Maximum brightness is 300cd/m2, which is very good rather than superb, but thanks to the matt style we’d be happy to use this laptop out in the sun.
Colour performance too is good rather than fantastic. It covers 82.2 percent of the sRGB colour standard, 59.7 percent of Adobe RGB and 63 percent of DCI P3.
This is low enough to make the slight undersaturation quite clear to the most eagle-eyed of you, but the Carbon’s screen still looks good because its contrast is great. A 1162:1 contrast ratio places this among the best LCD laptops in this respect. Play a movie and blacks really do look black.
Of course, when the colour is just OK and the 1080p resolution doesn’t get close to matching some of the more pixel-packed laptops at the price, it makes us keen to see what the 1440p version will look like. There are no claims of improved colour performance in Lenovo’s literature, though.
Lenovo ThinkPad X1 Carbon: Performance
There are several CPU options, ramping up to the Intel Core i7-7600U, which is an almost £300 upgrade over the i7-7500U our model has. The crucial point to note, though, is that all versions use Intel’s U-series CPUs rather than the lower-power Y-series kind used in a few ultra light laptops, like the Acer Swift 7.
Windows 10 runs like a dream, as you’d hope. Most of its internals are high-end, or at least toward the upper end of mid-range. For example, the 256GB here uses the latest PCIe-nvme tech, with read speeds of 1950MB/s, and writes of up to 805MB/s. Faster SSDs exist, but most uses that would exploit that extra power would need a quad-core CPU anyway.
The Intel Core i7-7500U here is a dual-core CPU, among the fastest you’ll find in a slim laptop, but not a match for a desktop processor. In Geekbench 4 it scores 8500 points, and 2925 in the PC Mark Home 8 test. This is actually better than we squeezed out of the Razer Blade Stealth in both cases, despite using exactly the same CPU, although it was also rendering Windows at a higher resolution in the background.
There’s enough power for just about any productivity purpose, including Photoshop and, for example, pro-level music production software.
The one area it’s not quite so hot on is gaming. As with every laptop that relies solely on integrated graphics, in this case an Intel HD 620 chipset, modern games are compromised.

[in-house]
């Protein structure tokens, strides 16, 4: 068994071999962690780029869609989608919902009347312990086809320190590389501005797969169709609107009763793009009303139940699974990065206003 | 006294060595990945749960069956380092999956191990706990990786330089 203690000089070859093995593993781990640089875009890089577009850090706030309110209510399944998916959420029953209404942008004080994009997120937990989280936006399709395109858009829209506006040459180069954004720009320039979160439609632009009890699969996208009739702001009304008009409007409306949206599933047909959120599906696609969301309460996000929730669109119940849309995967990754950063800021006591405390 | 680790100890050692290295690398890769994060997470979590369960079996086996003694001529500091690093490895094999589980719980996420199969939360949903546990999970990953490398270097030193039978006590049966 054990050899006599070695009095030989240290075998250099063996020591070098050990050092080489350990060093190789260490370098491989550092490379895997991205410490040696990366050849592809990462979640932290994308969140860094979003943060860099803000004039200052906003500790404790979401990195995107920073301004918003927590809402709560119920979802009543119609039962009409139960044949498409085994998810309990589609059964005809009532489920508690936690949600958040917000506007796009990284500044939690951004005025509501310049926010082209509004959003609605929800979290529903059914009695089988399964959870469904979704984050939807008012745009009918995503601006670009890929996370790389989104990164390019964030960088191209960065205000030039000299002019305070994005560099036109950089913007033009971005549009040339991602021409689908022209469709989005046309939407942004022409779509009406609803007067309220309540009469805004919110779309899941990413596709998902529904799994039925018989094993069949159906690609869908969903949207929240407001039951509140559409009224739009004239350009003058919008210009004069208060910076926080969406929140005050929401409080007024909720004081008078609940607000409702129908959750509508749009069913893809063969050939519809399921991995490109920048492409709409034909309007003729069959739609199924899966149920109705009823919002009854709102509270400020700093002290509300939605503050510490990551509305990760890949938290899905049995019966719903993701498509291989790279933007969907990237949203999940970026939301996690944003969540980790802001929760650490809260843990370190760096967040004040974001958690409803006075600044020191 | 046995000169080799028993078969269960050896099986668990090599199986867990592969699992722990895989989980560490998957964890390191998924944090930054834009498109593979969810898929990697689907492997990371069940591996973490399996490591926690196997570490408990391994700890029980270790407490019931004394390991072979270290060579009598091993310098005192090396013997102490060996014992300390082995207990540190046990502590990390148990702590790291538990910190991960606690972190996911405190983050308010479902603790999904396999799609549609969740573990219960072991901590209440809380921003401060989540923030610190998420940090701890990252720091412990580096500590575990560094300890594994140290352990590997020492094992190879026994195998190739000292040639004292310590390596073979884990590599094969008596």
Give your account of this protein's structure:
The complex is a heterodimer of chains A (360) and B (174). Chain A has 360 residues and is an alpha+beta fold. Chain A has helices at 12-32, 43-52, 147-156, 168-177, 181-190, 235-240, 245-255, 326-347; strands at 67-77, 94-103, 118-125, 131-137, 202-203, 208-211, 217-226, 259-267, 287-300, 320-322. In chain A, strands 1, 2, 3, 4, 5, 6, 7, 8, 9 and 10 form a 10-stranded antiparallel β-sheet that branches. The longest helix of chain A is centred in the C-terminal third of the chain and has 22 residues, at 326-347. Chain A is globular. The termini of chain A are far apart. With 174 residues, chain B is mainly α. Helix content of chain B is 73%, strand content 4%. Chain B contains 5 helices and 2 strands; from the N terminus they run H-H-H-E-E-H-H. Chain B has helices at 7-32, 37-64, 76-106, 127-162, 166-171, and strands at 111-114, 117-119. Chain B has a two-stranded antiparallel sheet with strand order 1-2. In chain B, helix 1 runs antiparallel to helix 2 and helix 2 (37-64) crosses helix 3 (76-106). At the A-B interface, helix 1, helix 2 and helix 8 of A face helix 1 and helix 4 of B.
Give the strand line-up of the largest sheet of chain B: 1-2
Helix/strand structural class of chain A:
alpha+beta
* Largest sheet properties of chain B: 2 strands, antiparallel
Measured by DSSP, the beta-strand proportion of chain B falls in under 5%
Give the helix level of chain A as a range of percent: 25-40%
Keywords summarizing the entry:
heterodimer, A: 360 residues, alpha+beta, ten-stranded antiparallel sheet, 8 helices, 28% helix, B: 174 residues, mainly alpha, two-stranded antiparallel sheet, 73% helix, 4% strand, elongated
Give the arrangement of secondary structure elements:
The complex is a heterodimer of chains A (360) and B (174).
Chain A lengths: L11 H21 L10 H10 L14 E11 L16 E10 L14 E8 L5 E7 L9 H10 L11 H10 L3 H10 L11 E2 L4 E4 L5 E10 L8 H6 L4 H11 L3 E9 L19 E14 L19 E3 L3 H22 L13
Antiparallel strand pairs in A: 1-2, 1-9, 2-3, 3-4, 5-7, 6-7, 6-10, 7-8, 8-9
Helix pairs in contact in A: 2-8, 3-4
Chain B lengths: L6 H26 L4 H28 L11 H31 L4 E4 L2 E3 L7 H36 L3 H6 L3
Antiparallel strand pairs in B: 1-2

Alien: Isolation runs at an average 29.6fps, which is playable if you’re not too demanding, but that’s at 720p with the visuals turned down. This drops to 13fps when running the game at 1080p with visual effects restored.
Thief is borderline unplayable no matter the graphics setting, averaging 21fps at 720p (low settings) and 6.2fps at 1080p, high settings.
This is no surprise: all slim and light laptops with similar specs yield similar results. You just have to remember laptops like the Carbon aren’t great for gaming. It seems unlikely too many people after a ThinkPad will expect amazing frame rates in games, though.
Lenovo ThinkPad X1 Carbon: Battery Life
Stamina is a much bigger focus. The X1 has a 57Whr battery, similar to the 60Whr capacity of the class-leading Dell XPS 13.
Battery life is excellent. Playing a 720p video on loop at 120cd/m brightness the Lenovo ThinkPad Carbon X1 lasts 12 and a half hours, sailing through a full day’s work with ease.
This is one of the laptops’s great strengths, proving it’s nothing like the chunky laptops that may come to mind when you think of “business” machines. It also outdoes much of the lifestyle laptop competition, matching the class leader Dell XPS 13 almost to the minute.
Lenovo says it has actually made the Carbon last a mammoth 15.5 hours using a battery benchmark, but that must have been with the screen almost completely dark. If you need this kind of endurance, check out Microsoft’s Surface Laptop which lasted 16 hours in our tests.